This week in the Flog:
- Great Before/After Pictures From Compost Series Results
- See the Power of Good Organic Compost
Earlier this year, I went on this crazy mission to start a big ‘ol compost pile outside on my balcony, even though we don’t have much space out there…
I ended up using many different composting methods, on a variety of input materials, to come up with a mixed compost that looked wonderful. What were the inputs? Check out the list of composting styles and methods that went into this batch of compost:
- Cockroach Composting
- Bokashi Composting
- Basic Composting – layer style
- Worm Composting
- Basic Composting – Coconut Composting
- Basic Composting – Composting Bokashi
Click any of the links above to check out the article about that type of composting, and see how I did it in my little balcony garden.
So what ever happened to the compost I ended up with after all that work (fun)?? I used it of course! Even as I was making the compost, parts of my garden were beginning to fade – you’ll see in the pictures below. I had already had the soil in the planters for some time, and had several rounds of plants grow up in them. They needed a little boost. Well they got it!
Here’s a papaya tree that was a volunteer from the worm bin, and I just let it grow up for fun. It was looking pretty sad before the compost, but doing fine. But after applying compost, wow, big dark green leaves, it was beautiful to see them erupt after the nutrient boost:
Keep in mind these before/after pictures aren’t perfect. I wasn’t consciously framing the shots, which was silly but I wasn’t really planning on doing a before/after until I saw how the plants reacted and decided it’d be fun to show side-by-side. I scavenged through a few days of shooting and found pictures that more-or-less match up.
The best way to see the difference is to show a picture of the plants several week before applying the compost, then on the day the compost was applied, then several weeks later. That way you can really see the plants were stagnating, and what a difference this compost made for them.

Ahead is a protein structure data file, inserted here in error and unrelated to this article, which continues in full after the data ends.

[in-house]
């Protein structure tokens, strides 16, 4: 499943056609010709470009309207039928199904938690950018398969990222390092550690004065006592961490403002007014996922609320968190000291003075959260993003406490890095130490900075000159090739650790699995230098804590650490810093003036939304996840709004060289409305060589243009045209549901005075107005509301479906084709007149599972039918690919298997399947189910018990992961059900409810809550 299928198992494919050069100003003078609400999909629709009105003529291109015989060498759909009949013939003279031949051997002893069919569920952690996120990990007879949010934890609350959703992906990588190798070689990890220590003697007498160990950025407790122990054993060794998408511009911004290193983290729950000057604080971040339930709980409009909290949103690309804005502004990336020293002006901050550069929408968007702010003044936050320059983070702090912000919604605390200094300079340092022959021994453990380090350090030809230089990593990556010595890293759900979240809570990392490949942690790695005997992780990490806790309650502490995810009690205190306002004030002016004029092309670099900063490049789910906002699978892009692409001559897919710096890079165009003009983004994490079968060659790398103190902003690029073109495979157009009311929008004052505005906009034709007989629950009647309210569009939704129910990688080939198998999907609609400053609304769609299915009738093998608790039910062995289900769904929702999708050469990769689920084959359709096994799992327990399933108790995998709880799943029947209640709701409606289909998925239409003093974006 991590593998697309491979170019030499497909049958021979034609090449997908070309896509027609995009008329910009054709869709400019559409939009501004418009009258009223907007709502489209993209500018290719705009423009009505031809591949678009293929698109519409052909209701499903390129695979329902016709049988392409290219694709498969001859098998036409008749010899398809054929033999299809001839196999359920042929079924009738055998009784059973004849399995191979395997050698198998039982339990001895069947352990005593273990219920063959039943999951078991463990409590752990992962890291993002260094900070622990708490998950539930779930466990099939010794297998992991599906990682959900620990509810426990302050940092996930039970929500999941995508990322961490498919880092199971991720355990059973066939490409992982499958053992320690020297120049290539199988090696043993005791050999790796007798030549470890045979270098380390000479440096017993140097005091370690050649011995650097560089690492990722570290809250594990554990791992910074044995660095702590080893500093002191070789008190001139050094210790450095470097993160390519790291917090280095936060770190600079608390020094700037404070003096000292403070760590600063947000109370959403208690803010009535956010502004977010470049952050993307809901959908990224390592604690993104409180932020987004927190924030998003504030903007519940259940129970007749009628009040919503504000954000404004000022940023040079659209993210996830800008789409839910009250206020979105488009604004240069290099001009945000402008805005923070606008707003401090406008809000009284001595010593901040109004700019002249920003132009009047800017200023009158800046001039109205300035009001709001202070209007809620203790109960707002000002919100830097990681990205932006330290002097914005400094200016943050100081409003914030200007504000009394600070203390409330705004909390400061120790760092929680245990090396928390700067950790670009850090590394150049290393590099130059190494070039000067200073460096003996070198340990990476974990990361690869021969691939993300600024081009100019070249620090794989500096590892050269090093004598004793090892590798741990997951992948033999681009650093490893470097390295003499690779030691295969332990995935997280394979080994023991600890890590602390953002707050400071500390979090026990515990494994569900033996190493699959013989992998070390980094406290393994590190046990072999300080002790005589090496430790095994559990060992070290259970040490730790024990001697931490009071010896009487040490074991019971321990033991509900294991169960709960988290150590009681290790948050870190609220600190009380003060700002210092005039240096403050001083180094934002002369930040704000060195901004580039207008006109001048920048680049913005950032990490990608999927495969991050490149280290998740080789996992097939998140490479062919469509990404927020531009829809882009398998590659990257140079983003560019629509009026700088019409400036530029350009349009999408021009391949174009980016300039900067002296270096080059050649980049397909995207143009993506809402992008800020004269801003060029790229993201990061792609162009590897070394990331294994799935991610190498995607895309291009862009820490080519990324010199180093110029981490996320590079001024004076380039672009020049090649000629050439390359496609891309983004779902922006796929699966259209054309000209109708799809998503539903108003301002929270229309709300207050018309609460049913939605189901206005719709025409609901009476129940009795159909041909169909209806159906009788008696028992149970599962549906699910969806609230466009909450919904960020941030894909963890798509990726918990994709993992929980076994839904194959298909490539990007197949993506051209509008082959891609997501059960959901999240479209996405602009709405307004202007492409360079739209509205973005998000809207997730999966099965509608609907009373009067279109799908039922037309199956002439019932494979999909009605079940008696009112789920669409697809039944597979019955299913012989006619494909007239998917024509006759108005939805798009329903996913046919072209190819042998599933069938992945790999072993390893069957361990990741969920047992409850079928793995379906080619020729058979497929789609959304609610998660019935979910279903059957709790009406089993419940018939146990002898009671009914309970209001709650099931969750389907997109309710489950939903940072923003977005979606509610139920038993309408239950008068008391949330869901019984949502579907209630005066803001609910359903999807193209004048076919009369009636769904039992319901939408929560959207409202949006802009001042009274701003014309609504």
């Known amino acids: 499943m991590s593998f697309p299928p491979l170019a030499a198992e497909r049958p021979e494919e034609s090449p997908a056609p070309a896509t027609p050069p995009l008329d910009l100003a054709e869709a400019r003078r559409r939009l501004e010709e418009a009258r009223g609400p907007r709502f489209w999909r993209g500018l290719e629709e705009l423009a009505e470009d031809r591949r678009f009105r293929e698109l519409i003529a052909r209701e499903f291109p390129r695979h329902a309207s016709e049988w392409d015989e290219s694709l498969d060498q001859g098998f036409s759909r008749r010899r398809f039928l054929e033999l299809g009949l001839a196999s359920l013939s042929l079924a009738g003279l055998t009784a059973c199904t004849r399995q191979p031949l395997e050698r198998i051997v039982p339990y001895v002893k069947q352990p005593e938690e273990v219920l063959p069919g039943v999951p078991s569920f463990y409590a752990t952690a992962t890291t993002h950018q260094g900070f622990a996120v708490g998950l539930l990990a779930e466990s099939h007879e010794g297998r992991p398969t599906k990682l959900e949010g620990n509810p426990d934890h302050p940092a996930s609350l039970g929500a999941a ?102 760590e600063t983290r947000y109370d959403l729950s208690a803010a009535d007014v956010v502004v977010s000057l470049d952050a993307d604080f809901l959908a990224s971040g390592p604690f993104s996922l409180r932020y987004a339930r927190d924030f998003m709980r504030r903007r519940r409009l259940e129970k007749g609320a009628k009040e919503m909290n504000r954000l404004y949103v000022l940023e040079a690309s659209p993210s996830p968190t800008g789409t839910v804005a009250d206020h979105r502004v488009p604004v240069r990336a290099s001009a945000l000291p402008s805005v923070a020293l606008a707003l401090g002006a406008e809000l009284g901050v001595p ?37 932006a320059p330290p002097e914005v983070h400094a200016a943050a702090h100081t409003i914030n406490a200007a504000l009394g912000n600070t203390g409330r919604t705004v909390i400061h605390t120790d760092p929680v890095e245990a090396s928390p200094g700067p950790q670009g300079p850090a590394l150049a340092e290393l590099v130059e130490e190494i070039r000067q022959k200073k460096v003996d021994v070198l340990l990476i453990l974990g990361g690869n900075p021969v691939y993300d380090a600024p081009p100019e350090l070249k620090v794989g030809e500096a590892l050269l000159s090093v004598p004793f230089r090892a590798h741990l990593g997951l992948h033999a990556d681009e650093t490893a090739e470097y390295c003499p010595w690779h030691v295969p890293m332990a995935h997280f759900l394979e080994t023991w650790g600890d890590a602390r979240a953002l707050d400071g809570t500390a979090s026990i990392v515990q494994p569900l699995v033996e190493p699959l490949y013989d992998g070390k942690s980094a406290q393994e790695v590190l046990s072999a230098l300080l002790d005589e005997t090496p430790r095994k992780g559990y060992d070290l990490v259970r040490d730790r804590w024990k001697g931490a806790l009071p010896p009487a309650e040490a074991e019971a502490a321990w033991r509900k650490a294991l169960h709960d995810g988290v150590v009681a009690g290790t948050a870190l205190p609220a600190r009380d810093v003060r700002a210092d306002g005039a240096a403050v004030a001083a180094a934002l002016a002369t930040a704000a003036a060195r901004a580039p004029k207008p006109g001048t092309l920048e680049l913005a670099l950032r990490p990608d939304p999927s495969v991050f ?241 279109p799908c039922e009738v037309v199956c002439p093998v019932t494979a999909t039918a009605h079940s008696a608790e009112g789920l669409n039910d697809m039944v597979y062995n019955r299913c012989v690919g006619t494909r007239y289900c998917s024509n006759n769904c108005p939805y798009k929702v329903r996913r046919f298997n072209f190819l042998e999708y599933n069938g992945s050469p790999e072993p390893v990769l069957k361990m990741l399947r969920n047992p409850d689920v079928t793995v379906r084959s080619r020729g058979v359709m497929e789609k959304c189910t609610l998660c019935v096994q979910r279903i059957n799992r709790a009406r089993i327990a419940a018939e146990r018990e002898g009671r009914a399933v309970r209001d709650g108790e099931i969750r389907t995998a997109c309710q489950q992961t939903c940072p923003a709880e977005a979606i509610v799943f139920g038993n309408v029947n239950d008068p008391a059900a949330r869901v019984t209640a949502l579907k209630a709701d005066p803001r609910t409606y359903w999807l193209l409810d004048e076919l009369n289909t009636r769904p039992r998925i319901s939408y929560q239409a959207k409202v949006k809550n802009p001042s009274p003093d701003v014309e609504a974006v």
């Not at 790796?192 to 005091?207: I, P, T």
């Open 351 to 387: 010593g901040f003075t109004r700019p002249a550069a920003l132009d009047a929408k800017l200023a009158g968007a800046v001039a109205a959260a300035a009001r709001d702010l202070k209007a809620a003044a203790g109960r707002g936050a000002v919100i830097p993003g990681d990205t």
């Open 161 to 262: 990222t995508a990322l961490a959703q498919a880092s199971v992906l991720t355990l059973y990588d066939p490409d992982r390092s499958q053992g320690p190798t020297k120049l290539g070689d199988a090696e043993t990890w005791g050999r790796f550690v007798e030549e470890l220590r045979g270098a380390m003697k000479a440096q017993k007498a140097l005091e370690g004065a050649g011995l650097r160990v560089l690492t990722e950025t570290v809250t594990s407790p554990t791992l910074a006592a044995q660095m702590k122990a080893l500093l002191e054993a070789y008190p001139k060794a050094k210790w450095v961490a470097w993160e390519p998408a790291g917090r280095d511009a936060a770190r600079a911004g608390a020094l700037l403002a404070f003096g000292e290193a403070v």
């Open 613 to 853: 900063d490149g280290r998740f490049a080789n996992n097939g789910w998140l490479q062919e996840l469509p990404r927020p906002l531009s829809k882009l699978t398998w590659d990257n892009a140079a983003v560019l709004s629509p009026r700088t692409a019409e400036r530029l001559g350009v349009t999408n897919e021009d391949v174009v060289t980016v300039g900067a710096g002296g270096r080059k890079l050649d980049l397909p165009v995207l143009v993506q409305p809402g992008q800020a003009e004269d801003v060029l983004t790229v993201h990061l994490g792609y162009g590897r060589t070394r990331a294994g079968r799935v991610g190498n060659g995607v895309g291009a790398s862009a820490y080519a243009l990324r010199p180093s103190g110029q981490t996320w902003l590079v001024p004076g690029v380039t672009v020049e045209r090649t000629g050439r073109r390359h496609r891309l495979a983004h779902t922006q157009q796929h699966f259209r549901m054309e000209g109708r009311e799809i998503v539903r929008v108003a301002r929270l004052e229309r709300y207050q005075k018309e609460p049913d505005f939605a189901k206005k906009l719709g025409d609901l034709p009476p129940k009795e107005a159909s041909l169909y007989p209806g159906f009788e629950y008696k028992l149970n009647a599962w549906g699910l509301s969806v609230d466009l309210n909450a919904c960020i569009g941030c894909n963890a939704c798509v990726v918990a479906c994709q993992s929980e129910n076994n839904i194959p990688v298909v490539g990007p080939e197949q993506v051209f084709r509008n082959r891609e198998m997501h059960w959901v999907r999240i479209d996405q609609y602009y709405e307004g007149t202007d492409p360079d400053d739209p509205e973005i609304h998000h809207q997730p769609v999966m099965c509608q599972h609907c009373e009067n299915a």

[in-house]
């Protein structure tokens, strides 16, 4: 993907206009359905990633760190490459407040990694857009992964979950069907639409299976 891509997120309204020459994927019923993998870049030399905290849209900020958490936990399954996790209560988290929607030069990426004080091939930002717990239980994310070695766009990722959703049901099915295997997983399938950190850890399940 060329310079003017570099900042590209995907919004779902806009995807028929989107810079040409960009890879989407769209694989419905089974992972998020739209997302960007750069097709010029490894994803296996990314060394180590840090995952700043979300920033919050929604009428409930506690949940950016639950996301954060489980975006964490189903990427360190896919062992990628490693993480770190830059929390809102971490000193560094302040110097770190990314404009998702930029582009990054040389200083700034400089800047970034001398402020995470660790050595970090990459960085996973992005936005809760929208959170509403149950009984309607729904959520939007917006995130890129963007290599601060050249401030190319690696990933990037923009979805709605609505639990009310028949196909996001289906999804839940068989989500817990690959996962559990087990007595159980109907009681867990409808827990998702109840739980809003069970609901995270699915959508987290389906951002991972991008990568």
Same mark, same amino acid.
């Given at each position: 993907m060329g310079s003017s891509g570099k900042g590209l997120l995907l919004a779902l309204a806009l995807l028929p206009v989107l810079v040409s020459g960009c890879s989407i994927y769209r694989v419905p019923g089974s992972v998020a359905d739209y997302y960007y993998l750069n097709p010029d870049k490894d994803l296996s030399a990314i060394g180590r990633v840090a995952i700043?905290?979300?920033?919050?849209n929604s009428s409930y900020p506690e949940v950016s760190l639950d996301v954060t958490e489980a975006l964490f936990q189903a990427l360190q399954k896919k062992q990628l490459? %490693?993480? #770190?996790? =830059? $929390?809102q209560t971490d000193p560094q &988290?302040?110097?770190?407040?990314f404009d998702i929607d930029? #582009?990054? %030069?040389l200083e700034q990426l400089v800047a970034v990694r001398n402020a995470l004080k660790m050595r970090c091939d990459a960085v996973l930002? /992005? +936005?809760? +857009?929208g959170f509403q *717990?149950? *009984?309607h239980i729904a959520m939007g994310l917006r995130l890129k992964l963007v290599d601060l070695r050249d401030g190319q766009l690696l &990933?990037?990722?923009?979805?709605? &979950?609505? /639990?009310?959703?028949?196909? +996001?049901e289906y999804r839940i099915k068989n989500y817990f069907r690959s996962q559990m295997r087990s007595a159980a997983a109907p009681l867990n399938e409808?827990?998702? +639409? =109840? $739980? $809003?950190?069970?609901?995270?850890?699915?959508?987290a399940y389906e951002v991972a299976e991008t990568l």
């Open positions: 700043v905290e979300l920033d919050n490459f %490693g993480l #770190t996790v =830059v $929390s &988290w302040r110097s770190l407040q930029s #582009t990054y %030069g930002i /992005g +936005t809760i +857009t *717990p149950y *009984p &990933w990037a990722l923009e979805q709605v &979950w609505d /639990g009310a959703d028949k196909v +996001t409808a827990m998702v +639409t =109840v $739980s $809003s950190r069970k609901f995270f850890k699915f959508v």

Here is the kalamansi tree. It produces nice little sweet limes that are delicious and a staple addition in Philippine cuisine. You can see the three shots – several weeks before application, day of application, and several weeks later. Unfortunately the camera angle isn’t quite the same in the last shot, and the tree has netting on it because of the birds, but you can see the growth anyway.
Next are the peppers. This is a jolokia or bhut or something, one of the really hot ones. Look at the little red arrow in the picture. Big growth!! You can even see in the middle picture it’s doing worse than in the first pic. It was on it’s way out, and the compost saved the day.
The next is another hot pepper. This one was really suffering, it was looking really pathetic. The compost helped, but this plant has issues. I probably need to repot with fresh soil.
The last of the really hot peppers. Again, this one was well on it’s way out, I kinda neglected all three of these plants, and they were all in really bad shape! This one made a full turn around and it looks wonderful after the compost was applied! Look at those nice big dark green leaves! Pretty awesome to see that turnaround.
And the last before/after picture, this big labuyo pepper plant I have. I wish the angles were better, because this was the most dramatic of them all. It just exploded after the compost was applied – it was a large plant and really wanted some nutrients, and man after it got them it really took off. Like the other pepper plants, it was on the down slope, and the compost really picked it up.
Pretty cool to see natural farming techniques in action! I made the compost in my spare time, on this little balcony attached to my 20th floor apartment. It took some time but I got to play around with many different composting techniques to finish up with a really nice, natural nutrient boost for my plants, just when they needed it most.
What will happen to the leftover compost? I’m going to use it to brew compost teas, and to add to the feed water periodically, and I’ll bokashi some, use some as soil amendment, the list goes on. Compost is just wonderful stuff, it works wonders for the soil biology and for your plants.
Tell me about your composting experiences! Share in the comments.